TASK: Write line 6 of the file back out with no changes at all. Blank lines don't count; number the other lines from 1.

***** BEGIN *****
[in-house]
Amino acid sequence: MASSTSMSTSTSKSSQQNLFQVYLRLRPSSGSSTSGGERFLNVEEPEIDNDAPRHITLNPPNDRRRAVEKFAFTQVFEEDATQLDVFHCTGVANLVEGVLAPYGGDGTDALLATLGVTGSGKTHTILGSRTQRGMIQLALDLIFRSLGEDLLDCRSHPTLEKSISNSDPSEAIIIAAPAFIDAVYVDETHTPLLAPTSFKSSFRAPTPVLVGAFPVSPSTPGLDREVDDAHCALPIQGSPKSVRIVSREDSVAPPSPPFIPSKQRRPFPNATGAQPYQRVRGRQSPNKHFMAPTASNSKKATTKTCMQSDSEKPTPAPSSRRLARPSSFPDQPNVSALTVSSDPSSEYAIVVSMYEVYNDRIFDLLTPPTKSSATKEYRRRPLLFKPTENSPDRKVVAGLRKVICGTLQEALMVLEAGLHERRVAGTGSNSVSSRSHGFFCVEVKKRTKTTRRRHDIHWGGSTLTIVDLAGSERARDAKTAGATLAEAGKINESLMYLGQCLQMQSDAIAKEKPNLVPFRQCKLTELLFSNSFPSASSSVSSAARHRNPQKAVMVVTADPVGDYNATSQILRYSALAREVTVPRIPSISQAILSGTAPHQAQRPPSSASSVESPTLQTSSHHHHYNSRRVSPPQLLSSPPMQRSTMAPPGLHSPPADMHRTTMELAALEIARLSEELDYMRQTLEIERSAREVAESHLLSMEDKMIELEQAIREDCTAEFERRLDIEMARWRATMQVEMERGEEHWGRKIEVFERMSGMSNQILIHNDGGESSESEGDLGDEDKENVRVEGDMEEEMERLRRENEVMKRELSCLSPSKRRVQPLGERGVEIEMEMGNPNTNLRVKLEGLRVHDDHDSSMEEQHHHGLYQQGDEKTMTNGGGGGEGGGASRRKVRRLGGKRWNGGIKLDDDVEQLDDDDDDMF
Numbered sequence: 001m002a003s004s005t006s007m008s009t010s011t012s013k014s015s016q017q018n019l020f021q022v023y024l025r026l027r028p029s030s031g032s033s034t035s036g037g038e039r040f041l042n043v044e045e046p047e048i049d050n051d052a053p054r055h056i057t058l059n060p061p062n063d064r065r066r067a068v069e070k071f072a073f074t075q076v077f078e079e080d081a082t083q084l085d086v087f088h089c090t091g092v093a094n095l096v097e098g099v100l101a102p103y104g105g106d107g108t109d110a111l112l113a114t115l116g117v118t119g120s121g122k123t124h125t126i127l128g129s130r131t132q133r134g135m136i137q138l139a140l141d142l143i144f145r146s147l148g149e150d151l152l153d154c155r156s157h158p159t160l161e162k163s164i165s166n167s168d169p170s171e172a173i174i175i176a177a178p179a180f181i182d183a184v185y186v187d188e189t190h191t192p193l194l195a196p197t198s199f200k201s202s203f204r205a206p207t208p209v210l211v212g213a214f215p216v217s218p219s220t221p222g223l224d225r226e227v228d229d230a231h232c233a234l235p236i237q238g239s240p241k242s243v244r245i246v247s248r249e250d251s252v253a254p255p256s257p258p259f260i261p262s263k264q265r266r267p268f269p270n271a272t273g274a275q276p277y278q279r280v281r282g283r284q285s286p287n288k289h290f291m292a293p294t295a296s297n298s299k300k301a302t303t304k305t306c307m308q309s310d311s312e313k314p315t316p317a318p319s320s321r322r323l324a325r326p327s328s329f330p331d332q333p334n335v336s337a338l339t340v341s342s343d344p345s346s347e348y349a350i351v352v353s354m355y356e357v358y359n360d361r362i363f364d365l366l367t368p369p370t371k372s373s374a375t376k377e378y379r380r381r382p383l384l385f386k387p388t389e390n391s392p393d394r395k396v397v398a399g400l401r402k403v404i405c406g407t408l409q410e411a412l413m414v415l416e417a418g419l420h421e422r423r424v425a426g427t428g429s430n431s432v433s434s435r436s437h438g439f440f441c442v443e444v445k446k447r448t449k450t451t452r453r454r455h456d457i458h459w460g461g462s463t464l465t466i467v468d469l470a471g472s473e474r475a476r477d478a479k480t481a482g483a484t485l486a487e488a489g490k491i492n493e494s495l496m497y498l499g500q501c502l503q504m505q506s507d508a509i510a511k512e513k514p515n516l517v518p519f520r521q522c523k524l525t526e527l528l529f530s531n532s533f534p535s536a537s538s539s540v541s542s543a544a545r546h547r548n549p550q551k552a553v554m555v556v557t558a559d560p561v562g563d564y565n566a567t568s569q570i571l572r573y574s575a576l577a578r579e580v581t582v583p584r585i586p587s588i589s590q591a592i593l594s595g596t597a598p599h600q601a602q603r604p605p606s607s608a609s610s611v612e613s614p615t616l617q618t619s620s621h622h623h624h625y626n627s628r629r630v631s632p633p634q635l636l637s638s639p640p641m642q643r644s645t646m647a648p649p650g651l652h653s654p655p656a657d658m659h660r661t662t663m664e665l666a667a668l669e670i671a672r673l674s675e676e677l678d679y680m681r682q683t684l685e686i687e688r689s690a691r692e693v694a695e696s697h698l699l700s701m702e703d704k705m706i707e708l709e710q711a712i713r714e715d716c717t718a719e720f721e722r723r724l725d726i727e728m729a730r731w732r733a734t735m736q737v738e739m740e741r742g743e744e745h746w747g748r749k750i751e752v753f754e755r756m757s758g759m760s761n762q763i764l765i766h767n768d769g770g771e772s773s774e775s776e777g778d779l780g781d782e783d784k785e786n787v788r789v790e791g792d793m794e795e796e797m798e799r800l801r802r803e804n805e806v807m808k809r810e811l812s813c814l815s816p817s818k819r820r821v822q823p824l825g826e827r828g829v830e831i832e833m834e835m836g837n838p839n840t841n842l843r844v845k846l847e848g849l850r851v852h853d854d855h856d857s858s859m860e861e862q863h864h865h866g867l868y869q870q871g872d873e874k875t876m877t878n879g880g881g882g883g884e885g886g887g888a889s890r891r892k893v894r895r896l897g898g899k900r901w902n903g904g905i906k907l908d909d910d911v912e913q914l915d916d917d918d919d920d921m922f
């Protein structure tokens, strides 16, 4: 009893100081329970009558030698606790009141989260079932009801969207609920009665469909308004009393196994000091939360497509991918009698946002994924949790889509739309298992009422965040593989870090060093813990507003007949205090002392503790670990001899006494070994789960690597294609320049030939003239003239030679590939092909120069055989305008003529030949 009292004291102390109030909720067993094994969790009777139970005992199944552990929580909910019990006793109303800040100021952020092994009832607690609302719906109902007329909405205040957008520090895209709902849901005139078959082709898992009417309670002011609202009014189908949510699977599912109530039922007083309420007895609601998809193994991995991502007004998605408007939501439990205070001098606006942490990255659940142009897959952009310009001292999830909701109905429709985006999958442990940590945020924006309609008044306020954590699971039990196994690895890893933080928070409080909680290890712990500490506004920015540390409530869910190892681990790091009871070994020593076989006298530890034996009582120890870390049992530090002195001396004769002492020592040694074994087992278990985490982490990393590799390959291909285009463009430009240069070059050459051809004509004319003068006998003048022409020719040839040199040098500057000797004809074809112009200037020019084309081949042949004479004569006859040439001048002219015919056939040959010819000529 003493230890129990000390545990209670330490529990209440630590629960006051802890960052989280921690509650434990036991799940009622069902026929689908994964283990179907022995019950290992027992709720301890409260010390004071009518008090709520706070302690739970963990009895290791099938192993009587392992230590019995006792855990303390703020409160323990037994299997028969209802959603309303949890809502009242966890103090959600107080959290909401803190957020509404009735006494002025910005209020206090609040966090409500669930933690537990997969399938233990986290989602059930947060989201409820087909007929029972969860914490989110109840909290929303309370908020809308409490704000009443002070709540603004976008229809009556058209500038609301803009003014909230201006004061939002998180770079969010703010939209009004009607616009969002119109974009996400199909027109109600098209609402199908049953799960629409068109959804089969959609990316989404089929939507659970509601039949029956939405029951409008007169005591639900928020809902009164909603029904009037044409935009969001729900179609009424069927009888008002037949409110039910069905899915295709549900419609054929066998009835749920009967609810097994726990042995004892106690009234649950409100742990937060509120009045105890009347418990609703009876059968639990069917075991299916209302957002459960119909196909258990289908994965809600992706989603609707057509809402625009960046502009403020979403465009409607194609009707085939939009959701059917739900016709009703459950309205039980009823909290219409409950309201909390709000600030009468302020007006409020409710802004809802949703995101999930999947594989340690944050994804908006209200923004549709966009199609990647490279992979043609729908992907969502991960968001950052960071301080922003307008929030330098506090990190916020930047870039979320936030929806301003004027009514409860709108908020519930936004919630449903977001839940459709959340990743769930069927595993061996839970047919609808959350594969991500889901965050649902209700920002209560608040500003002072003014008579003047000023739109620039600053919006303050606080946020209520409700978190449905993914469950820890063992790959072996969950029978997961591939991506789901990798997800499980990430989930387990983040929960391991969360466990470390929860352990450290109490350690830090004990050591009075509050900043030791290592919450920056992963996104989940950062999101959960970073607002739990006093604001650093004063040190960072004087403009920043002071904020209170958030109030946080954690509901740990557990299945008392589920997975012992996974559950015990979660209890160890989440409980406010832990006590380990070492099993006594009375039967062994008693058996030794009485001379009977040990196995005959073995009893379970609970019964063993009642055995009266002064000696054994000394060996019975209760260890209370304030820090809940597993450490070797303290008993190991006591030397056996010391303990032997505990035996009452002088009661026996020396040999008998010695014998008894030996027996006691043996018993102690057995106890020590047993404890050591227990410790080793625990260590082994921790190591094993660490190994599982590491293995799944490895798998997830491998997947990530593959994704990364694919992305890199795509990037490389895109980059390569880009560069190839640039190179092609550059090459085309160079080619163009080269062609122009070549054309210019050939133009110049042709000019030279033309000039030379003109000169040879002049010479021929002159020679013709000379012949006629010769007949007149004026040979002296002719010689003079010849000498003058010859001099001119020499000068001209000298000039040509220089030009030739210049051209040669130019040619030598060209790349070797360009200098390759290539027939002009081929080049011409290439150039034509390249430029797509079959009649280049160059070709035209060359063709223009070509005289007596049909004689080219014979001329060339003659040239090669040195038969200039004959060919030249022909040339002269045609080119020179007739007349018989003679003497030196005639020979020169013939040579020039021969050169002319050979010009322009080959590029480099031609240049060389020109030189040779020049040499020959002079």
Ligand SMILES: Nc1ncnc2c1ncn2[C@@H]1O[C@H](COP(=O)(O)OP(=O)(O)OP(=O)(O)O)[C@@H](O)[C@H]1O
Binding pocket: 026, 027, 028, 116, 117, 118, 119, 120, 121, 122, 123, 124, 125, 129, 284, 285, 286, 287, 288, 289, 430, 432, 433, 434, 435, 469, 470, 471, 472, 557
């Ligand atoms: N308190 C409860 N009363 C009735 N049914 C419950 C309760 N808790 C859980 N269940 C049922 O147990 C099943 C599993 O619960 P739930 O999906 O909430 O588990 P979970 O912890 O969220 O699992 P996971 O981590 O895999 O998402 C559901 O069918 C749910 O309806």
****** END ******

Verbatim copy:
Binding pocket: 026, 027, 028, 116, 117, 118, 119, 120, 121, 122, 123, 124, 125, 129, 284, 285, 286, 287, 288, 289, 430, 432, 433, 434, 435, 469, 470, 471, 472, 557